The architecture of Nepal is another art that has become an important part of the country's culture. Nepal's architecture can be divided into three broad groups, the stupa style, the pagoda style and the shikhara style.

Nepal is constitutionally a Hindu kingdom with legal provisions of no prejudice against other religions. The Hindu inhabitants in the country has been constantly over 80 percent since the 1950s. The second largest religion of Nepal is Buddhism, it is practiced by about 11 percent, while Islam comprises of about 4.2 percent of the population. The Kirat religion makes up nearly 3.6 percent of the population.

Nepal has many customs and beliefs that might be difficult to understand and not so easy to obey but this is the way of life to them and you should respect it when you are in their territory.
Do not feel offended if any Nepalese hesitates to shake hands with you because it hasn't been very long since the western traditions were introduced to them. Most Nepalese greet one another by a “Namaste”, a common act done by putting the palms together in a prayer like gesture.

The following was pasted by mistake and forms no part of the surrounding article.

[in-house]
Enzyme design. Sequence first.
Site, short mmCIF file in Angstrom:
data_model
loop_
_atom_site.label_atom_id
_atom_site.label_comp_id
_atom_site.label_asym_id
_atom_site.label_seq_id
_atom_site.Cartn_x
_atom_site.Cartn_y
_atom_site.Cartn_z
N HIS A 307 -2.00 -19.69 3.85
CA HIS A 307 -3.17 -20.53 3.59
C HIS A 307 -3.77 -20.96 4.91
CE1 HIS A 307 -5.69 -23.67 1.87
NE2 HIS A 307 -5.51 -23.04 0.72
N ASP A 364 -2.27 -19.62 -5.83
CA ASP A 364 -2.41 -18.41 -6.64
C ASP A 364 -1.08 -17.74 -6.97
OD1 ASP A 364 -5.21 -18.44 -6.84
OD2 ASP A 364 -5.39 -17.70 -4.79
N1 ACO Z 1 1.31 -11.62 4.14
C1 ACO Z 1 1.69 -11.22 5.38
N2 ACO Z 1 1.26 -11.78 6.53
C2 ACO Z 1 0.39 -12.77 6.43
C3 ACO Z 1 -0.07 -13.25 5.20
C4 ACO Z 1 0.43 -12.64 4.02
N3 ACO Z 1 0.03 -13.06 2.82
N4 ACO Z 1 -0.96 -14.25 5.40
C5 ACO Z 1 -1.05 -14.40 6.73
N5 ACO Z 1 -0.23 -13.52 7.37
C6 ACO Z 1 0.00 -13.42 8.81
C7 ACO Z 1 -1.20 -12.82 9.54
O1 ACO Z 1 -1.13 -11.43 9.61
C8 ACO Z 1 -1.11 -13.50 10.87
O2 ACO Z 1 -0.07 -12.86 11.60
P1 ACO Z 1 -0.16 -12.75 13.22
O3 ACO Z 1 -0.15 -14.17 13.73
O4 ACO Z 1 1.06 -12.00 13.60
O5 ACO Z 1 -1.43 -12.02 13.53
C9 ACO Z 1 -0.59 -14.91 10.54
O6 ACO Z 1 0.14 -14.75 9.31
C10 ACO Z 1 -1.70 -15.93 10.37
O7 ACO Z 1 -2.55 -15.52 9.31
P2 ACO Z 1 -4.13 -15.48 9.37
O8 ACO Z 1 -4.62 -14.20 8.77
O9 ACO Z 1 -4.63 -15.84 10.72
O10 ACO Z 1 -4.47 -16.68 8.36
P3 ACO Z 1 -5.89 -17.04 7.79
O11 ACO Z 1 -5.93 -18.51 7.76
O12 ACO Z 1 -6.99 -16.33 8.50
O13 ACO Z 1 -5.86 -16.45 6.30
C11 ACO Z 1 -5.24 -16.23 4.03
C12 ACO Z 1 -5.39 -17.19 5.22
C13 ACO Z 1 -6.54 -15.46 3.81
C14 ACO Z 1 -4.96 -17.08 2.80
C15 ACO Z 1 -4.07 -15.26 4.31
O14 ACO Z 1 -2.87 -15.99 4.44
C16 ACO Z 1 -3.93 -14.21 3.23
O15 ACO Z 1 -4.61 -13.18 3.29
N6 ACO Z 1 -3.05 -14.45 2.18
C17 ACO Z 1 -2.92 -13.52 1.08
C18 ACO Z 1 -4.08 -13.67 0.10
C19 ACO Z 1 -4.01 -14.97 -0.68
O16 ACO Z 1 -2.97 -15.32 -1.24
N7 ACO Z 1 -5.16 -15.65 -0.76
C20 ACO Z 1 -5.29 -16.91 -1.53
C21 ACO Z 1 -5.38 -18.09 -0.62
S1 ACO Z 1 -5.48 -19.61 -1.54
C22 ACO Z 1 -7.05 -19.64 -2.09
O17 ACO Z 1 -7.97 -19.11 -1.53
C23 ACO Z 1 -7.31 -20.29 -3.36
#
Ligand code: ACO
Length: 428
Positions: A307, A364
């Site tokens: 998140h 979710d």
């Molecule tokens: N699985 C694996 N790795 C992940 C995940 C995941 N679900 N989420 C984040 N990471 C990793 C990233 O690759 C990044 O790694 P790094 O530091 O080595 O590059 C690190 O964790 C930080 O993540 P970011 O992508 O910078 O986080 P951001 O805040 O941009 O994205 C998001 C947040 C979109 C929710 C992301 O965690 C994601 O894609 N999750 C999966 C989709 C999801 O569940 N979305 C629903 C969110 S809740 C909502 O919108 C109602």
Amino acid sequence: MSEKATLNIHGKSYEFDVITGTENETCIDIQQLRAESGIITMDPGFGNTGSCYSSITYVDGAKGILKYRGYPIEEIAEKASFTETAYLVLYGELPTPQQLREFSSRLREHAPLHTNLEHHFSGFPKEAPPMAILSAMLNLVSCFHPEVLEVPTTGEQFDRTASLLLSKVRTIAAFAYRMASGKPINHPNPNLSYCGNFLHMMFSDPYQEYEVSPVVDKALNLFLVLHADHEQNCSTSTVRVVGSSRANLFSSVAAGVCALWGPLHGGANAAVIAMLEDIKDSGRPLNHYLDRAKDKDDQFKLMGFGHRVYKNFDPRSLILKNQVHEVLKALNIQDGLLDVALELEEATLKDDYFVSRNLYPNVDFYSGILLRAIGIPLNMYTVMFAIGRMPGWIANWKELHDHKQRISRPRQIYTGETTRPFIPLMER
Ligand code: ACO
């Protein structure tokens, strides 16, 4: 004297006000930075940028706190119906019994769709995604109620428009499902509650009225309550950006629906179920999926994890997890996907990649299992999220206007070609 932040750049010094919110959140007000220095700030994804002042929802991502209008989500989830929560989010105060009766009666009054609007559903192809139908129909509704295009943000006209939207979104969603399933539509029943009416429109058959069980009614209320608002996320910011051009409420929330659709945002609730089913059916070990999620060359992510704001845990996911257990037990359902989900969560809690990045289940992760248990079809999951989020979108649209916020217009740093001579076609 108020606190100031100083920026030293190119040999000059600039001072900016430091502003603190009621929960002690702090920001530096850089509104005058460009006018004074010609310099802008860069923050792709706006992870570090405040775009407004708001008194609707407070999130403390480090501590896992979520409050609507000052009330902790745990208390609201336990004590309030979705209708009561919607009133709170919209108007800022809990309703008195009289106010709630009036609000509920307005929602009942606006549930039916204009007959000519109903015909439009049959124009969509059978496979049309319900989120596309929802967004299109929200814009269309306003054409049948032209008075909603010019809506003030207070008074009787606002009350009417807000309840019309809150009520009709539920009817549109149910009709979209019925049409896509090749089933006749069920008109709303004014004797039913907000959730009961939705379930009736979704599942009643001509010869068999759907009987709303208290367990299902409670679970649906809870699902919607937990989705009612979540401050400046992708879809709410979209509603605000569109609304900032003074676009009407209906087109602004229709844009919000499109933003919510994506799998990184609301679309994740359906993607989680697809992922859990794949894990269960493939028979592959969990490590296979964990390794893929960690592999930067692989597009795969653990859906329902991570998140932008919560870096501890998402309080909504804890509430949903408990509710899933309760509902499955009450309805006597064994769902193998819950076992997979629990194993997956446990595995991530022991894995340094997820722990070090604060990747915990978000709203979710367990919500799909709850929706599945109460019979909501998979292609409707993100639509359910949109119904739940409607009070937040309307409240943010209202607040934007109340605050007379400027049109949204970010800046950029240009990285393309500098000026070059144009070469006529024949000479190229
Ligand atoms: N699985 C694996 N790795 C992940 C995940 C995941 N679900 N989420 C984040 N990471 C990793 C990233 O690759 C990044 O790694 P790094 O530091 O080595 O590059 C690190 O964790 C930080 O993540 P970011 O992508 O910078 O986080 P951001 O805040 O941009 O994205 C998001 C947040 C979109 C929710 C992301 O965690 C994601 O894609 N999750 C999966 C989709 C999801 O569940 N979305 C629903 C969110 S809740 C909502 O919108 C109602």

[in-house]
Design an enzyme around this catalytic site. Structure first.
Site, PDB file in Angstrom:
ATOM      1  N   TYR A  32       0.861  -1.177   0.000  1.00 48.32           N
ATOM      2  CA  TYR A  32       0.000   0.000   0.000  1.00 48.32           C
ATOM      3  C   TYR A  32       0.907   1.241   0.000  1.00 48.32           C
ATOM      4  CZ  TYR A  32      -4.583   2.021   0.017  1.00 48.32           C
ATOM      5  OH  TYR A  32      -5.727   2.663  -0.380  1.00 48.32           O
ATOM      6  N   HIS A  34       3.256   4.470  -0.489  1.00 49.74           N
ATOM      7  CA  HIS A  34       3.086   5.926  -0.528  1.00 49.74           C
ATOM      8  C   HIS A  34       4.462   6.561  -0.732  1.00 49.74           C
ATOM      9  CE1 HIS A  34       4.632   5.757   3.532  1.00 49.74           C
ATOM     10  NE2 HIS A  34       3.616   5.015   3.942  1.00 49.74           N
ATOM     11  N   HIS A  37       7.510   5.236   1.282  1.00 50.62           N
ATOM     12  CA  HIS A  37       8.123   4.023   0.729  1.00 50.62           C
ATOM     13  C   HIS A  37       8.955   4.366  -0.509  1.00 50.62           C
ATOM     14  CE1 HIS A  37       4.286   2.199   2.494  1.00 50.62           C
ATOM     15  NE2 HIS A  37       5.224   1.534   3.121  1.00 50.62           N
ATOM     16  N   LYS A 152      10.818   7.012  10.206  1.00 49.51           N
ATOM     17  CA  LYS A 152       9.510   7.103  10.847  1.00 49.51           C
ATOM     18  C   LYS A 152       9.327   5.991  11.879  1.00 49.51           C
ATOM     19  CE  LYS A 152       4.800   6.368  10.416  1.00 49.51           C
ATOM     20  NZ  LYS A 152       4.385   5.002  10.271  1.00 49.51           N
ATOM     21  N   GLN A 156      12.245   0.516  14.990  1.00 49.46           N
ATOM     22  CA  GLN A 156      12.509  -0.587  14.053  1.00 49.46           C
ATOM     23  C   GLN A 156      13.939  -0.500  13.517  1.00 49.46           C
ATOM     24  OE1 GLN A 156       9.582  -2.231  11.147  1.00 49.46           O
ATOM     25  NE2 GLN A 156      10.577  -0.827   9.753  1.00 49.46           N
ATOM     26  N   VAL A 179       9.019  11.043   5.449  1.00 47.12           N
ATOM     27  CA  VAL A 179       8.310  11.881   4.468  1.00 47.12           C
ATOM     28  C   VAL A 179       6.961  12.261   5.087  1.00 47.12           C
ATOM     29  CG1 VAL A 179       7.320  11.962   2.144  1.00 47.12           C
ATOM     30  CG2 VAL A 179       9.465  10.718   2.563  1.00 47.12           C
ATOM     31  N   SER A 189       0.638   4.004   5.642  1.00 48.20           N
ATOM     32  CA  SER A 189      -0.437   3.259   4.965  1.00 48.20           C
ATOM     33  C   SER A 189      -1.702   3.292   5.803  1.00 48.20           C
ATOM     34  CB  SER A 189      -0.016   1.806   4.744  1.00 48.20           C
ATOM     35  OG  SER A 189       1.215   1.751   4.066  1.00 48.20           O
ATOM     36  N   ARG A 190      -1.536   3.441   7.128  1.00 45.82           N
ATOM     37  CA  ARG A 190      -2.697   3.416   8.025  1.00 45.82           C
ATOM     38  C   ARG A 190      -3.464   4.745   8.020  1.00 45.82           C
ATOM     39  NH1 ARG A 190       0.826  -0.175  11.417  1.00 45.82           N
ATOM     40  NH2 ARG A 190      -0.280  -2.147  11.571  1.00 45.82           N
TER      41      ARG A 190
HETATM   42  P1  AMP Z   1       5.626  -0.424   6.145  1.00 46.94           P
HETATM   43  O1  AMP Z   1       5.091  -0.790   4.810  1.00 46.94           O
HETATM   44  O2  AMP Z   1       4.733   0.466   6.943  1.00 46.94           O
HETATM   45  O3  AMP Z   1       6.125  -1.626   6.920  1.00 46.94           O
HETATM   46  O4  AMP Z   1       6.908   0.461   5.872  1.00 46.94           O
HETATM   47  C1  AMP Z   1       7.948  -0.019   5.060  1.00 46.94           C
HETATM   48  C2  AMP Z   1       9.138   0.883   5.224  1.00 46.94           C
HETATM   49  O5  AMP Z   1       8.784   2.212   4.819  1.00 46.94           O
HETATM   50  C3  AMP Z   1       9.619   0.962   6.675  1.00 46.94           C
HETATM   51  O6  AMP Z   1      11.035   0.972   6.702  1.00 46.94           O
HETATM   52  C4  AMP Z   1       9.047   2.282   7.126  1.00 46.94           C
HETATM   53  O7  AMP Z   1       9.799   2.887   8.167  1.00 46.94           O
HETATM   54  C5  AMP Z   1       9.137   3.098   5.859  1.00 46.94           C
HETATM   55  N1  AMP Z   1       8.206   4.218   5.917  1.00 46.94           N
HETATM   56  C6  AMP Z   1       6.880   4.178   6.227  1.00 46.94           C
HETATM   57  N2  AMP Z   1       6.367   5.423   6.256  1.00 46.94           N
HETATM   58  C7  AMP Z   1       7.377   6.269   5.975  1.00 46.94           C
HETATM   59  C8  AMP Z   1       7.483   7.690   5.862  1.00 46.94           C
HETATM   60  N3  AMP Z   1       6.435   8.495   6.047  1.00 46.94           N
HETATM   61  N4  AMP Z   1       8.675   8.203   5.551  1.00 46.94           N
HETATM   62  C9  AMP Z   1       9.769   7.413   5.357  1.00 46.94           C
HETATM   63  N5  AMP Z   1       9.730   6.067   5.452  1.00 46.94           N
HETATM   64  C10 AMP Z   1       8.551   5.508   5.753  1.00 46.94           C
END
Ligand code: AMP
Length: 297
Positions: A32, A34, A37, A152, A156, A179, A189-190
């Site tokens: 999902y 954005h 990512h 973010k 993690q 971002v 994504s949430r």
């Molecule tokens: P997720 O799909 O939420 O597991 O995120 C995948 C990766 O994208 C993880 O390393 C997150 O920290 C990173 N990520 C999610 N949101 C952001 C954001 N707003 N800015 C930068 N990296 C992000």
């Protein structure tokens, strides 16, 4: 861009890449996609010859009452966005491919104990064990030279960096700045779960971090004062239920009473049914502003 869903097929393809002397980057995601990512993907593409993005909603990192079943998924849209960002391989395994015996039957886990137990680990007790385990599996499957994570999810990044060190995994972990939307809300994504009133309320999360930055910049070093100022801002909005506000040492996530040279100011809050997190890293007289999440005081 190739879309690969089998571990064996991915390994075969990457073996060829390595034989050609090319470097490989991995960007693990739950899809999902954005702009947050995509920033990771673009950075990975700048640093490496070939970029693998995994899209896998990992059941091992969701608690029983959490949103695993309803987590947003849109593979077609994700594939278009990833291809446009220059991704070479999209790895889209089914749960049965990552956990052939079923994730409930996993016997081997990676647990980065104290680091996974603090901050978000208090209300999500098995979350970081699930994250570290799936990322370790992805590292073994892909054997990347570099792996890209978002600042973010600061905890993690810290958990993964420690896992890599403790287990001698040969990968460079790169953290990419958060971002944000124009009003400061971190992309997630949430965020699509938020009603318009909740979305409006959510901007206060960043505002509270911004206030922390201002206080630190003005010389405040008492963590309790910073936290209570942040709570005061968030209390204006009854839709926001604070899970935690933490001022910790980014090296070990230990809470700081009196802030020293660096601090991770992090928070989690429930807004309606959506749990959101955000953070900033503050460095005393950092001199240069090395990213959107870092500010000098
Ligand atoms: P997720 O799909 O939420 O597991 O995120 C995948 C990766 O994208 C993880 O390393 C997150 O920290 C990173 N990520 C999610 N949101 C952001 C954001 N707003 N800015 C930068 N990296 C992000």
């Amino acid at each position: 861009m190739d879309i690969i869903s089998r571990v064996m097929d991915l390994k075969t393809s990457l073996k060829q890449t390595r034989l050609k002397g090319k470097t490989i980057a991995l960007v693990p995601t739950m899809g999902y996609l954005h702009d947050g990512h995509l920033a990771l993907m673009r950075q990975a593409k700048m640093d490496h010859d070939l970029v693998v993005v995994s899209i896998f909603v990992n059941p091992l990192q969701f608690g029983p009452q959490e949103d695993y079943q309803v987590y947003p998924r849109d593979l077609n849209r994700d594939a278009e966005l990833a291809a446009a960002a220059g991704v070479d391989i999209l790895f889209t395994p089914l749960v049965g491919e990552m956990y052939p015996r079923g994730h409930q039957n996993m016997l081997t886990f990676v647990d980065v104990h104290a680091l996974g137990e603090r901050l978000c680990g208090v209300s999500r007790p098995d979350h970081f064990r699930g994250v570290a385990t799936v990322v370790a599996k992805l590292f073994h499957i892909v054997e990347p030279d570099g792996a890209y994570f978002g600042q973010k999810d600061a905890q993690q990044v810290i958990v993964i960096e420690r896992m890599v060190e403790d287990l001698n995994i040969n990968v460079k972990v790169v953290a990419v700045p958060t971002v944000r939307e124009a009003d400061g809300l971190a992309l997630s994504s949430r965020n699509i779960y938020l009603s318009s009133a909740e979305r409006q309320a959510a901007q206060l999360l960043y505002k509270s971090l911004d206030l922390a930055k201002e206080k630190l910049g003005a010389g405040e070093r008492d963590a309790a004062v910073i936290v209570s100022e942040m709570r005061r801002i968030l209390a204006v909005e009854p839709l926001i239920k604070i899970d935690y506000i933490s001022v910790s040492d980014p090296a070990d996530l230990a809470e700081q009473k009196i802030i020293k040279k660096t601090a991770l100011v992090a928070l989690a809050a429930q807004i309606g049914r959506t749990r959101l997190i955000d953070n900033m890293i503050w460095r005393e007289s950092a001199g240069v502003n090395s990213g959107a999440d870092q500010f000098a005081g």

It is customary to eat and deal with food with your right hand. They use their left hand to wash themselves after being to the toilet. Note that most Nepalese eat with their hands, forks and spoons are not very common.

Note that men and woman should always dress appropriately. Men should not walk or trek bare-chested, shorts are acceptable but it's recommended to rather wear long pants. Women are recommended to wear long skirts that cover the ankles, because exposure of a woman's legs can draw unnecessary attention.

Showing affection between men and woman in public is not acceptable. So avoid kissing, hugging, cuddling or even holding hands in public.


Nepalese cuisine is quite simple and has had many influences during its development. As with most things in Nepal, the cuisine varies according to ethnic groups and castes, depending on ingredients available and affordable. Indian, Chinese and Tibetan flavors and aromas can easily be detected in Nepalese meals although Nepal's cuisinemaintains its own flare. Nepal's climate has made it possible for the country to grow crops such as rice, lentils, wheat, corn and potatoes.